How does the Energy Star # work for washing machines?

I’ve been playing with my new watt meter and tested my washing machine (an older model that claims to be fairly inefficient, and use 908 kwh/year).

I was somewhat confused when it read something like .25kwh for a large, heavy-duty cycle. At that rate, I’d have to do 10 loads a day to match the sticker.

The only thing I can think of is that the energy used to heat the water is included in the calculation somehow, but while I’ve found some information on the ratings, I haven’t found that.

The Energy Star label on my new front-load washer specified two different annual costs - one for electically-heated water and another for those with a gas water heater.

392? That means I’d have to do 30 loads a month! That’s over 1 a day!! :confused: Who the heck does laundry every day? This whole thing doesn’t make sense. :dubious:

Someone with a wife and kids?

The US regulations say the standard is calculated on 8 loads per week, not unreasonable for a family of four. The standards also point out that they’re including the energy required to heat the water and dry the clothes, which is why front-loading models list so much less energy use; not only do they use less hot water, but they extract water more efficiently afterward.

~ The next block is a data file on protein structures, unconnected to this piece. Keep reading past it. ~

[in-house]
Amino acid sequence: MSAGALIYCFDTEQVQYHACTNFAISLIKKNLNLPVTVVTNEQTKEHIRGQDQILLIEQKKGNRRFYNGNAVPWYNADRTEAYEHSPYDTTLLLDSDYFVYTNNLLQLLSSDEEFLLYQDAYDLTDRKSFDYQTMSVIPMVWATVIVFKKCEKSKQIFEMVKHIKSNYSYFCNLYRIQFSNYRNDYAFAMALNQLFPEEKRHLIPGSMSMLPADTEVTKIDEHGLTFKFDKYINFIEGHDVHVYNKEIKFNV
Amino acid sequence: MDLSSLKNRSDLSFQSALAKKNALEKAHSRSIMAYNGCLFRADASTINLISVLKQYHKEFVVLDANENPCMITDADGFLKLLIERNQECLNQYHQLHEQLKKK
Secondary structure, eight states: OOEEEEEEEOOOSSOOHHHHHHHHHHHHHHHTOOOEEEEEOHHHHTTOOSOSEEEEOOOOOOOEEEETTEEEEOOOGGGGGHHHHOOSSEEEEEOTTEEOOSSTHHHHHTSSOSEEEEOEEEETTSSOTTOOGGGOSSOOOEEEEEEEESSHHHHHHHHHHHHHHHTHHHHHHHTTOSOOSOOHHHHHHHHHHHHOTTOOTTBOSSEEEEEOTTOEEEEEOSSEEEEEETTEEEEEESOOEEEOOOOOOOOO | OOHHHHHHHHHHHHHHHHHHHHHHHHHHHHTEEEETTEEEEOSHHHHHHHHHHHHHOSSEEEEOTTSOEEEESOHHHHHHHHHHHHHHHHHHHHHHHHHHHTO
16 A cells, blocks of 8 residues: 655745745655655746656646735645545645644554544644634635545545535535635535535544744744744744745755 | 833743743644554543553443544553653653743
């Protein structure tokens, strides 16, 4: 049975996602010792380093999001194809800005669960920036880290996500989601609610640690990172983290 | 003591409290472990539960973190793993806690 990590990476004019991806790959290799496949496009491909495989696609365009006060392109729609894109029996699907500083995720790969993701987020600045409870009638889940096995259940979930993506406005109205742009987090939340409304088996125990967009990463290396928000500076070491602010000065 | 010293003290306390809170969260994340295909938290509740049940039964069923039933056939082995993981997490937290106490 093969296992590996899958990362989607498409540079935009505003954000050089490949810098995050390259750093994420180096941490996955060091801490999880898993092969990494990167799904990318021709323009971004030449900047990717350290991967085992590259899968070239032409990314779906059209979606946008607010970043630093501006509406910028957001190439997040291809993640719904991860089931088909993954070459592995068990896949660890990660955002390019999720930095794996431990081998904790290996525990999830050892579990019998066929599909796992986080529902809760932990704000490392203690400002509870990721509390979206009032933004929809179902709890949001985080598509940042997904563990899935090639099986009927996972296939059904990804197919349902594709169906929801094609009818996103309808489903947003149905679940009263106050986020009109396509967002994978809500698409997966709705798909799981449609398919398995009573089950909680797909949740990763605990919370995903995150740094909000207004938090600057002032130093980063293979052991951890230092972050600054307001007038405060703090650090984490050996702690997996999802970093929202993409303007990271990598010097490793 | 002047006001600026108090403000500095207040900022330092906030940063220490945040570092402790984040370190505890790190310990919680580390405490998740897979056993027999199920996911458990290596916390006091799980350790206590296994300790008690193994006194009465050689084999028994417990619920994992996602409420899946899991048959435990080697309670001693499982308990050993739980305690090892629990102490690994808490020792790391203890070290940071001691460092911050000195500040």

In the 80’s and 90’s we used to do 5 loads a day.

Well then he shouldn’t do any. :stuck_out_tongue: Ha! ha ha… ha.

I still maintain that the number is too high, but not so insane considering family use. I still haven’t found how the water-heating factor is calculated though. The closest I’ve found is the chart at the bottom of this page that says I’m using ~8c / load, making each load cost about 10c. At about $6/year, a new washer is clearly not an economically (or environmentally) stunning decision for me.

:rolleyes: It’s a standard. One that gives you a way to compare different models from different makes. If there was not standard, one washing machine maker might list his energy use at 1 load a week, and another at 10. This would not give you a very easy way to compare machines.
If you look at two machines, and one has twice the energy cost of the other, it does not matter if you do twice the standard in laundry, or half the standard, one machine is still twice as expensive.

I am aware of the benefits of standardized testing, I’m just questioning the standard. Having a sticker claiming over 900kWh/year (or almost $100/year) concerned me and had me checking out front-load washers every time I passed through an appliance store, whereas in reality I should care more about how much change I lose sitting on sofas.